The first of six men charged with shooting a Durham man outside an Orange County community center will spend the next 25 years to 31 years in prison.
Terry Glenn Jones Jr., 24, of Durham, accepted an Alford plea of second-degree murder in the Jan. 18, 2016, death of Tevin Kendrick, 22, of Buxton Street in Durham. The Alford plea means Jones accepted a guilty plea but maintains his innocence.
Orange County Assistant District Attorney Byron Beasley said the prosecution only agreed to the plea at defense attorney Robert Trenkle’s request and because of potential federal charges related to the case.
Jones will receive credit for more than 27 months served in the Orange County jail while awaiting trial and, as a condition of his plea deal, will be housed separately from his co-defendants in the murder.
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Jones’ other charges — possession of a firearm by a felon and conspiracy to commit first-degree murder — were dismissed. He could have faced life in prison if convicted of the original first-degree murder charge.
Four others are charged with murder in Kendrick’s death:
▪ Devon Antonio Harris, of 419 E. Geer St., Durham
▪ Barry Dion Holt, of 305 Chandler Road, Durham
▪ Jermauciyae Rysuan Abram, of 1012 E. Sherwood Drive, Apt. E, Durham
▪ Andre Lamar Dixon, of 2211 Concord St., Durham
A fifth man, Savian Jacoby Turrentine, of 4801 Danube Lane, Apt. 727, Durham, is charged with being an accessory after the fact to a felony.
Beasley said Orange County Sheriff’s Office deputies responded to 911 calls from neighbors who heard gunshots around 2:15 p.m. on Jan. 18. One caller also reported seeing a dark-colored Chevrolet Malibu rapidly leaving the area, he said.
Deputies found Kendrick dead with eight gunshot wounds behind a white Nissan Altima in the Efland-Cheeks Community Center parking lot. The center, just north of U.S. 70, next to Efland-Cheeks Elementary School, was closed at the time.
The car was still running with its trunk open, Beasley said. He noted that deputies also found a large number of shell casings at the scene from 380-caliber, 45-caliber, 40-caliber and 9mm handguns.
An autopsy did not recover any 380-caliber bullets from Kendrick’s body, Beasley said.
The prosecutor outlined a convoluted case that unraveled over four months using fingerprints, surveillance videos and a series of interviews and interrogations.
A jailhouse witness told investigators twice that Kendrick was set up because the men thought he was going to rob them, Beasley said.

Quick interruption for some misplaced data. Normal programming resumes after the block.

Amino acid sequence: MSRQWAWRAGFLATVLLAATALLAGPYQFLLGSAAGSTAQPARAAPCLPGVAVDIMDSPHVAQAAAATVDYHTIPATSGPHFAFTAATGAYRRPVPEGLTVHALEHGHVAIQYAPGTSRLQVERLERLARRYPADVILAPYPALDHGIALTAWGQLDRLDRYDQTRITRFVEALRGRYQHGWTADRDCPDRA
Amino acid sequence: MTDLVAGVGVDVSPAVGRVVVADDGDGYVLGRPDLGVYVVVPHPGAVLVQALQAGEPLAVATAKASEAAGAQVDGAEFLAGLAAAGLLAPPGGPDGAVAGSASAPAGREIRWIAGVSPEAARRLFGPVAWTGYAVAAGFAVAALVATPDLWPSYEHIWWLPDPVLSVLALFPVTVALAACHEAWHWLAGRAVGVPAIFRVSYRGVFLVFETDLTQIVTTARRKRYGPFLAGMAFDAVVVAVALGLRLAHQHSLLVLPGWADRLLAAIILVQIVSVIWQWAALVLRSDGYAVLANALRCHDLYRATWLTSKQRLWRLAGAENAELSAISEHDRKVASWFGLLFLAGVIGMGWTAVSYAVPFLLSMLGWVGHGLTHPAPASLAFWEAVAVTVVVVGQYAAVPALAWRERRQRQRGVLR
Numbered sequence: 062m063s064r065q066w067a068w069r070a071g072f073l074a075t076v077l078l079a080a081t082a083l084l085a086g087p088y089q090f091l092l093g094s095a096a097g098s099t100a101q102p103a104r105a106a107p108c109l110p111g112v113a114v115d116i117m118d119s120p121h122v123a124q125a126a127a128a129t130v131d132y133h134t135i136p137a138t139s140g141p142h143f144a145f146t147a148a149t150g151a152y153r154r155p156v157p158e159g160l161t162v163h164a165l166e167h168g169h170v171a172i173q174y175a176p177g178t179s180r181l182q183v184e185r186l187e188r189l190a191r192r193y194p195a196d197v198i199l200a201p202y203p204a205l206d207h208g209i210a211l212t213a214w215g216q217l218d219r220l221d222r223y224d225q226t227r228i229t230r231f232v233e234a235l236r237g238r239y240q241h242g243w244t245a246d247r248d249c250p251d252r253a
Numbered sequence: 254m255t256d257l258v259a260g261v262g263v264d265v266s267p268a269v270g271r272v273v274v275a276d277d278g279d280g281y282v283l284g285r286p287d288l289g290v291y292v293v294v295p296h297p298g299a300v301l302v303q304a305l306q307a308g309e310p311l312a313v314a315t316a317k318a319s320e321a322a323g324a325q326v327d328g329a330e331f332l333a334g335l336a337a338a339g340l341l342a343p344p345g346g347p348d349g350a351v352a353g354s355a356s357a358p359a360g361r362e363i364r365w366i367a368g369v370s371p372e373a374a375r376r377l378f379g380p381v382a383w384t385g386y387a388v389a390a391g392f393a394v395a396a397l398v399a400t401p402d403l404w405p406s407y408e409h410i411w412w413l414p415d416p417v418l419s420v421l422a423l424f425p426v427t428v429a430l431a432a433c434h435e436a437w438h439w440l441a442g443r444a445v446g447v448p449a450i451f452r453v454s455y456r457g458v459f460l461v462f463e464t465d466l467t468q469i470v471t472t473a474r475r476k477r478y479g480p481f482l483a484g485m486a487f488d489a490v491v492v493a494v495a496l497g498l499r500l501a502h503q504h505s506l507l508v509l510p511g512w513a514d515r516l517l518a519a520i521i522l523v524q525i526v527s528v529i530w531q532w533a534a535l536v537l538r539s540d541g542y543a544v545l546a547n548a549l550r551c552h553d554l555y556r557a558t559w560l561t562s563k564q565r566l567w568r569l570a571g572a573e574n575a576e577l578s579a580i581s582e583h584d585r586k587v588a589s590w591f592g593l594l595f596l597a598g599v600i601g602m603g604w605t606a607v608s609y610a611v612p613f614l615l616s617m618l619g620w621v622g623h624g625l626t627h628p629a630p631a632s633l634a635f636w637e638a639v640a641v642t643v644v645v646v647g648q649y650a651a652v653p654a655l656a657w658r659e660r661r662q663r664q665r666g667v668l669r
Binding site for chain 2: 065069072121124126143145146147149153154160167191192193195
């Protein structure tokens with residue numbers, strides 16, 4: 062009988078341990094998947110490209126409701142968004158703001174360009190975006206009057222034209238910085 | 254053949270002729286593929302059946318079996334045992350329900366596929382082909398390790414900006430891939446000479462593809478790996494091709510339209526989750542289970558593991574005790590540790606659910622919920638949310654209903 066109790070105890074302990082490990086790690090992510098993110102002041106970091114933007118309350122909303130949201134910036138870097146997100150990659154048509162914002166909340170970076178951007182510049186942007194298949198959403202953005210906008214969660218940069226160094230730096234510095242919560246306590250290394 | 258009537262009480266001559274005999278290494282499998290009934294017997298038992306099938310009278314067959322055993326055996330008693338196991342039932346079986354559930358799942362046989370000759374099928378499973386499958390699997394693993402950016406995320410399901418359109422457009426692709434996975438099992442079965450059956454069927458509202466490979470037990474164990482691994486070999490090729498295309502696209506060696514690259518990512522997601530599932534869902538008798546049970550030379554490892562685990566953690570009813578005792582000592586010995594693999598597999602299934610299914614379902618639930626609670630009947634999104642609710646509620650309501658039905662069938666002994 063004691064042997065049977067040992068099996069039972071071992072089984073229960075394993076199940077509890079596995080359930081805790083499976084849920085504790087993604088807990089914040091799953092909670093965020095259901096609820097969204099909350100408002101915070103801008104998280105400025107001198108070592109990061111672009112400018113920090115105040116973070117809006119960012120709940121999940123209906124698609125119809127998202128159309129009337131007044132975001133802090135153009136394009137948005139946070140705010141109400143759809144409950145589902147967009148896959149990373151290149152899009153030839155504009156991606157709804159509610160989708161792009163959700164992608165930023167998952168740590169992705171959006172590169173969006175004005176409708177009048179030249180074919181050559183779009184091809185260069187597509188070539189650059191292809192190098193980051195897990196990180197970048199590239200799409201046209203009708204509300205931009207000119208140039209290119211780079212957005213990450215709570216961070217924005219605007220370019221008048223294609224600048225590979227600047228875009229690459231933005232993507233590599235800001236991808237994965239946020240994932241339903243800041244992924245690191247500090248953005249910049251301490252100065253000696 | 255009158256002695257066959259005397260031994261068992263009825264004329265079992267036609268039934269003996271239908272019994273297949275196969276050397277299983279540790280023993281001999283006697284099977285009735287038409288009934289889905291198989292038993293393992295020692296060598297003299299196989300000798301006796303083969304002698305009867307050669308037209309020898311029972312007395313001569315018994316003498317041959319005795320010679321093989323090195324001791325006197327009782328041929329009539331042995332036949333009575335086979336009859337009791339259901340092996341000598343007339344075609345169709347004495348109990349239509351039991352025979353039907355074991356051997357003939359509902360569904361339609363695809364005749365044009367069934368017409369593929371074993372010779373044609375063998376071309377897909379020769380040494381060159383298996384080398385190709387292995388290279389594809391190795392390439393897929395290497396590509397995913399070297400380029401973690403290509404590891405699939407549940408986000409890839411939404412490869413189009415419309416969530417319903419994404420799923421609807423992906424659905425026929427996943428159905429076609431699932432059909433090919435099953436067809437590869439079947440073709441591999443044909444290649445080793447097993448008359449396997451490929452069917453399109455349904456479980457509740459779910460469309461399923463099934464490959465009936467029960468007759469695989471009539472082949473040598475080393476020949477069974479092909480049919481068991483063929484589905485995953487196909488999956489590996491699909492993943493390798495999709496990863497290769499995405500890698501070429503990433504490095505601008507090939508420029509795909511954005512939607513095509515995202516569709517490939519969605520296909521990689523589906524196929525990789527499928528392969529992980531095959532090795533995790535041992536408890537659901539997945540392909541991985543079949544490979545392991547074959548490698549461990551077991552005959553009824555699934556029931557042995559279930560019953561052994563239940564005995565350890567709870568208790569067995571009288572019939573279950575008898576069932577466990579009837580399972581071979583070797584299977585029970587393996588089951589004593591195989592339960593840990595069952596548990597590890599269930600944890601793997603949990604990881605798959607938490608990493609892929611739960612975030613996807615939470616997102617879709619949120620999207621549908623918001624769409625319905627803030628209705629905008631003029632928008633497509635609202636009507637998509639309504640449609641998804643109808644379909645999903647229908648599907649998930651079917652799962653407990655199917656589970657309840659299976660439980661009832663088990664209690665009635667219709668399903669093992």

The witness, who shared a Durham County jail cell with Jones, initially said Jones told him that he, Dixon, Holt and Harris killed Kendrick. Turrentine also was there, but did not shoot Kendrick, the witness said.
He later changed his story — after talking with Harris, Dixon and Holt — to say that Dixon and Harris set up the murder, Beasley said. The witness also changed his story to suggest Jones might not be the shooter, he said.
Video surveillance showed the white Altima, which another man had rented and given to Kendrick earlier that day, traveling on U.S. 70 toward the community center, he said. It was followed by a black Chevrolet Malibu, which Jones’ girlfriend let him drive, and a bronze Nissan Altima, which Dixon’s mother had rented, he said.
The video footage later showed the Malibu and the bronze Altima leaving the community center toward Durham, but not the white Altima, Beasley said.
Turrentine, who was identified by a fingerprint on the white Altima, told investigators that he and Harris met the others at a Durham hotel. He then traveled with Kendrick to the community center, while the others followed, Beasley said.
At the center, Turrentine said he got in the car with Dixon, who told him “I think we’re going to have to leave [Kendrick],” Beasley said.
Turrentine told investigators that Jones shot Kendrick first, followed by Harris, Holt and Dixon, Beasley said. Abram later confirmed which defendants used the handguns involved in the murder, he said.
‘Perfect for me’
Beasley and Trenkle, the defense attorney, noted that members of both Jones’ and Kendrick’s families were in the courtroom for the hearing.
Kendrick’s mother, Myra Sneed, didn’t think that she could make it through a statement about her son’s death, Beasley said, but she wrote something and asked him to read it.
Kendrick was not perfect, “but he was perfect for me,” Sneed said in the statement. The murder left her planning for a funeral instead of a wedding because of people who were supposed to be his friends, she said; her hope is for justice and closure.
“Today, I hope to tell all the mothers in here to keep their children close and know what they’re into. They really need our guidance,” Sneed said. “Tevin left us four beautiful children, and they really help me make it through and keep his memory alive.”
Superior Court Judge Bryan Collins thanked Sneed and other family members for coming to court.
“I could tell who you were by the looks on your faces, and I’m sorry,” Collins said. “I have to hear this kind of case way too often, but anybody hearing your words might learn something.”
Collins also thanked Jones’ family for being at the hearing.
“I appreciate you being here too, very much. You’d be amazed how many people go off to prison all by themselves, and people shouldn’t have to do that.”